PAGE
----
Throughout his college years and beyond, Kamalipour lived out one of his favorite adages: do what you enjoy and the rewards will come naturally. Whether it was writing for his school newspaper, working at a radio station, engaging in research, initiating global projects, or preparing for class presentations, his experiences, he said, “spurred rewards…often intangible rewards that cannot be measured by monitory or tangible means.”
Quite a portfolio
Presentations and projects at the onset of his career contributed to an impressive portfolio that would grow into a global network. To wit:
- Founder and managing editor of Global Media Journal;
- Founder and co-editor of the Journal of Globalization for the Common Good;
- founder and director of the Global Communication Association;
- founder and director of Purdue Calumet’s Center for Global Studies, which connects national and international researchers by advancing practices, strategies and trends in global culture, media, politics and economics.
- Editor of the Global Media Study Series;
- co-organizer of two annual international conferences for the Global Communication Association and Globalization for the Common Good; and
- editor and compiler of 14 global communication-related books.
The well-versed, professor also has been profiled in Contemporary Authors, Who’s Who in the World and Who’s Who in America.
Additionally, he has received many significant awards, including the James Hartung Award in International Awareness by the Northwest Indiana World Trade Council (USA), Distinguished Scholarship Award in International and Intercultural Communication from the National Communication Association (USA), a Certificate of Recognition by Tsinghua University (China), Dr. Notghi’s Award in Public Relations (Iran) and the Edgar Mills Award for Outstanding Service in Communication from The Communicators of Northwest Indiana (USA).
Reaching out to students
As he came up through the educational ranks, Kamalipour said he realized the importance of communication in all areas of life: personal, educational and professional.
As his portfolio grew, so did his appreciation for all it takes to achieve, prompting his decision, he said, to enhance a program initiated 25 years ago at Purdue Calumet: the annual “Celebration of Student Achievements” for Communication and Creative Arts students.
Last spring’s celebration recognized 47 nominees in nine award categories: Journalism, Advertising, Public Relations, Communications Studies, Organizational Communication, Visual Communication and Graphic Arts, Outstanding Senior, Outstanding Graduate Teaching Assistant and Outstanding Achievement by a Graduate Student.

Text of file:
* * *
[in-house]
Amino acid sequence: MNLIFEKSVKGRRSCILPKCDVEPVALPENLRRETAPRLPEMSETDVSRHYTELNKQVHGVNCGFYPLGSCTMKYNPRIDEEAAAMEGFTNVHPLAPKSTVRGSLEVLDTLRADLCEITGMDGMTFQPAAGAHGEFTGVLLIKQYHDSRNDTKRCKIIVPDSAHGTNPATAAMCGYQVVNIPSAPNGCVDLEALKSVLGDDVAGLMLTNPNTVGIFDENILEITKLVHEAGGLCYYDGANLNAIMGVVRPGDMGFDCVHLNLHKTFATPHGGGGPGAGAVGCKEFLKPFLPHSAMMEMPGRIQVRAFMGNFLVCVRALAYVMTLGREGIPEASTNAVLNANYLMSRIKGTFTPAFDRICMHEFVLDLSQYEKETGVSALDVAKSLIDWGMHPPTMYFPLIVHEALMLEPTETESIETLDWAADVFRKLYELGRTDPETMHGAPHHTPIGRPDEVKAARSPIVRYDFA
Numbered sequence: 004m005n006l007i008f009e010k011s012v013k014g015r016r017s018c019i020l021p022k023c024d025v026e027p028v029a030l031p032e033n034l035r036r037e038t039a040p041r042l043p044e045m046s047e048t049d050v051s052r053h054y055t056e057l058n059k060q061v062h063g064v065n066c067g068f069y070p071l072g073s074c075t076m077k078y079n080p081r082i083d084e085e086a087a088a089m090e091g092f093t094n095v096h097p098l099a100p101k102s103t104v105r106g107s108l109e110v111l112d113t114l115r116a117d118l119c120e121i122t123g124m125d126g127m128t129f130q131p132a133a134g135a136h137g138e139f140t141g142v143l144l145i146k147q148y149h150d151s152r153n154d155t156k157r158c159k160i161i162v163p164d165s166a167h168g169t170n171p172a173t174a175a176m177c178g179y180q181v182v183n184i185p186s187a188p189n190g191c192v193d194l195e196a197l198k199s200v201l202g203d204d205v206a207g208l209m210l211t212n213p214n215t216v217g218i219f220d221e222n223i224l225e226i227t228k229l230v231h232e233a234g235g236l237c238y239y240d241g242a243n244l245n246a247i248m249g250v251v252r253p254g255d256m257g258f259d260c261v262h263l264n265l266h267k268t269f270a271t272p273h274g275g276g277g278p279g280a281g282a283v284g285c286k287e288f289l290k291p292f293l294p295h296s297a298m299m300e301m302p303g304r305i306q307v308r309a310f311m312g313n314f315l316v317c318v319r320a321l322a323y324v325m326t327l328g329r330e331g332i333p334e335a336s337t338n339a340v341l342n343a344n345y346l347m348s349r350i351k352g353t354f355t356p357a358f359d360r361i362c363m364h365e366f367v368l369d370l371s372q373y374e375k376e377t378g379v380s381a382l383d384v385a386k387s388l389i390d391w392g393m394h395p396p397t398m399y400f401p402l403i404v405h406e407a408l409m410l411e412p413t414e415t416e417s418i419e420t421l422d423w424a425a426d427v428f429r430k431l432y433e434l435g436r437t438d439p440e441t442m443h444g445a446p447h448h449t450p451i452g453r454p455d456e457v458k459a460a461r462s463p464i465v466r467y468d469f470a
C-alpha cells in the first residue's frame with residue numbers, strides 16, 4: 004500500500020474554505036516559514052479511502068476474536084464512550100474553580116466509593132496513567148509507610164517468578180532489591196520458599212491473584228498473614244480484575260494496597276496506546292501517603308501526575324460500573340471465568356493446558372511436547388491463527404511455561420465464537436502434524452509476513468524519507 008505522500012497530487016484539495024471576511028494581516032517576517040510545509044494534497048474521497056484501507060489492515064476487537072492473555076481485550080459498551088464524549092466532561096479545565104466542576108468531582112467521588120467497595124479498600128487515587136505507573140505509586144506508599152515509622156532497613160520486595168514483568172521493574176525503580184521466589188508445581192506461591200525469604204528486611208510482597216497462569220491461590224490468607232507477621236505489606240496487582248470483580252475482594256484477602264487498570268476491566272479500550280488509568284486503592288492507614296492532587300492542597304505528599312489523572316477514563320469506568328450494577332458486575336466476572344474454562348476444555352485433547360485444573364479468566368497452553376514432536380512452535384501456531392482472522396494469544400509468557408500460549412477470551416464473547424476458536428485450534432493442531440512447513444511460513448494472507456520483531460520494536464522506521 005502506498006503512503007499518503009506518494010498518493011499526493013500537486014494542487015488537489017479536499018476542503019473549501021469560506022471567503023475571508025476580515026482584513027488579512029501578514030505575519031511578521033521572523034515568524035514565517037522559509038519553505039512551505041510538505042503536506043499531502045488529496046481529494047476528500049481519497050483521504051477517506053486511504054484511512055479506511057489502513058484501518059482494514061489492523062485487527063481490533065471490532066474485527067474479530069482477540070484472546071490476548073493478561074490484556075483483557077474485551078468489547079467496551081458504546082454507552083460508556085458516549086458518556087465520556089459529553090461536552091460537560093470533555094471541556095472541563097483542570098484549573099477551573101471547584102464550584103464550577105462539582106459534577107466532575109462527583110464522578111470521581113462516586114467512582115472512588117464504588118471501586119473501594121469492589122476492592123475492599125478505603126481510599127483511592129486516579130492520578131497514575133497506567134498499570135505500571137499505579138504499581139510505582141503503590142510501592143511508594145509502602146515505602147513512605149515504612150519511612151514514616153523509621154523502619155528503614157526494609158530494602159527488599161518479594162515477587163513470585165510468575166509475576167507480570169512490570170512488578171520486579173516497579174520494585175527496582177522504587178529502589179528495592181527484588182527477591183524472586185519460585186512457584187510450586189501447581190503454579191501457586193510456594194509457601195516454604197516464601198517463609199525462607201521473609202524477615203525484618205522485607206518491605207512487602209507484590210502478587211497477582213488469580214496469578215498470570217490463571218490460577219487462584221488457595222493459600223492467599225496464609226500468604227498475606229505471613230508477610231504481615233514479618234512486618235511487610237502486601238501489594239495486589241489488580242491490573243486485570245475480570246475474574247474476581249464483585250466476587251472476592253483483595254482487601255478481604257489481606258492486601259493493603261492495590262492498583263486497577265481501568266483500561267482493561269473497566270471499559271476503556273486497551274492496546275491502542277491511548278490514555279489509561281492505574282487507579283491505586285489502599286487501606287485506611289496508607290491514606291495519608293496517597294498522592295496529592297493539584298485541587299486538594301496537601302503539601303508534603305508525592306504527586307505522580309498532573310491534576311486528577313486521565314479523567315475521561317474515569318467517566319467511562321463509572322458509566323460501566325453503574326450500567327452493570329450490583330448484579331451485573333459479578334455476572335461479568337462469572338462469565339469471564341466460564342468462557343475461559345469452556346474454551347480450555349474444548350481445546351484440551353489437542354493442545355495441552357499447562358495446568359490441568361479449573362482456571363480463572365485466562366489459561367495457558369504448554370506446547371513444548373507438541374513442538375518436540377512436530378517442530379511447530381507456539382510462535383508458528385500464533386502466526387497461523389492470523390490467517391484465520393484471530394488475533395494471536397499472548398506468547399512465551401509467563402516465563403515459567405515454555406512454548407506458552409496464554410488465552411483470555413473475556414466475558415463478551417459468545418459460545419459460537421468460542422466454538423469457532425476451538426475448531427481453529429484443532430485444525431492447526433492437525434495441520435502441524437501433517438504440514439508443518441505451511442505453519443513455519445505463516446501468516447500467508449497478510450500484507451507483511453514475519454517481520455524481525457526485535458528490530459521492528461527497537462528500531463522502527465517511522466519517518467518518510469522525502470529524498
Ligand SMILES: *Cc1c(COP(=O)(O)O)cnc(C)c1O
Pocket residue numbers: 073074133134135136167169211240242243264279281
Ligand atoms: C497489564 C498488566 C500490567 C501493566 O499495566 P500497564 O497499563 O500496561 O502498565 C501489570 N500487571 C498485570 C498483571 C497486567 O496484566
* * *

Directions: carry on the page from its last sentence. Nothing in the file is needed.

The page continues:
Recent Purdue Calumet graduate Rey Perez was recognized as this year’s Outstanding Student in Public Relations. Although he never took a class taught by Kamalipour, Perez, enjoyed opportunities to interact with him. While attending district competition in Detroit for an Advertising Campaigns course, Perez praised Kamalipour for his support.
“He calmed my nerves, encouraged me greatly and really gave me confidence,” Perez said. “It meant the world to the rest of the team and me that he made the trip to see us.”
Perez added that he sees Kamalipour utilizing what he gathers on his travels to enlighten students. “I believe that what Professor Kamalipour has done for the Communication Department in general has been incredible.”
Respected colleague & student advocate
Twenty-five-year Kamalipour colleague and Professor of Communication Daniel Dunn agrees.
“I feel Yahya has earned a reputation as an international scholar,” he said. “His activities as a scholar permeate his classroom and enhance the reputation of our campus. In addition, I believe Yahya is a person of the highest integrity, and I am honored to call him my colleague and friend.”
Another colleague, Professor of Communication Lisa Goodnight, also a Purdue Calumet alumna, said she became acquainted with Kamalipour 18 years ago.
“Professor Kamalipour truly believes that our students should be our focus, and he generously provides opportunities for the faculty to work with, and mentor, both graduate and undergraduate students,” she said. “For me personally, his support of the basic communication course, Com 114, has helped make it one of the best in the nation for graduate student teacher training. Many aspects of our basic course program have been presented at national conferences and workshops.”
Goodnight added that Kamalipour’s international associations benefit many people in many areas. “His engagement with scholars from around the world has created opportunities for students and faculty alike,” she said. “His work enables international students to study here at Purdue Calumet, but also our faculty has opportunities to teach at partner universities in many countries.”
The unofficial global ambassador of mass media and communication has traveled the world presenting and sharing his perspectives in Australia, Egypt, Canada, China, Iran, India, Kenya, Malaysia, Mexico, Oman, Russia, Slovenia, Spain and Turkey.
Numerous international radio and television stations have interviewed him. He has rated cover page, feature story status of an Iranian magazine and is the subject of the biographical book, “Traveler of the Global Village: Biography of Yahya Kamalipour.”
“This book is not only about Dr. Kamalipour’s personal life, but also a local history of communication and mass media,” author Negin Hosseini of Munster said.
While progressing through the book, readers engage in a journey in time and space over six decades, she added.
Kamalipour’s frequently sought-after expertise was evident again this spring when he was invited to speak at an international conference for the World Public Forum Dialogue of Civilizations (WPF) in Berlin, Germany—an event intended to promote protection of spiritual and cultural values of humankind and to further constructive dialogue among major civilizations of the modern world. He participated in a panel discussion titled, “Integration in the Age of the Digitalization of Electronic Communication.”
In July, he addressed misconceptions about unprecedented poverty levels in Africa at the 6th Annual Global Association Conference in Zambia.
“What drives me is my passion for what I do,” he said. “One of the reasons for creating an expansive global academic network is because I truly enjoy it. I feel I am making a lasting contribution to the field of communication and my fellow human beings.”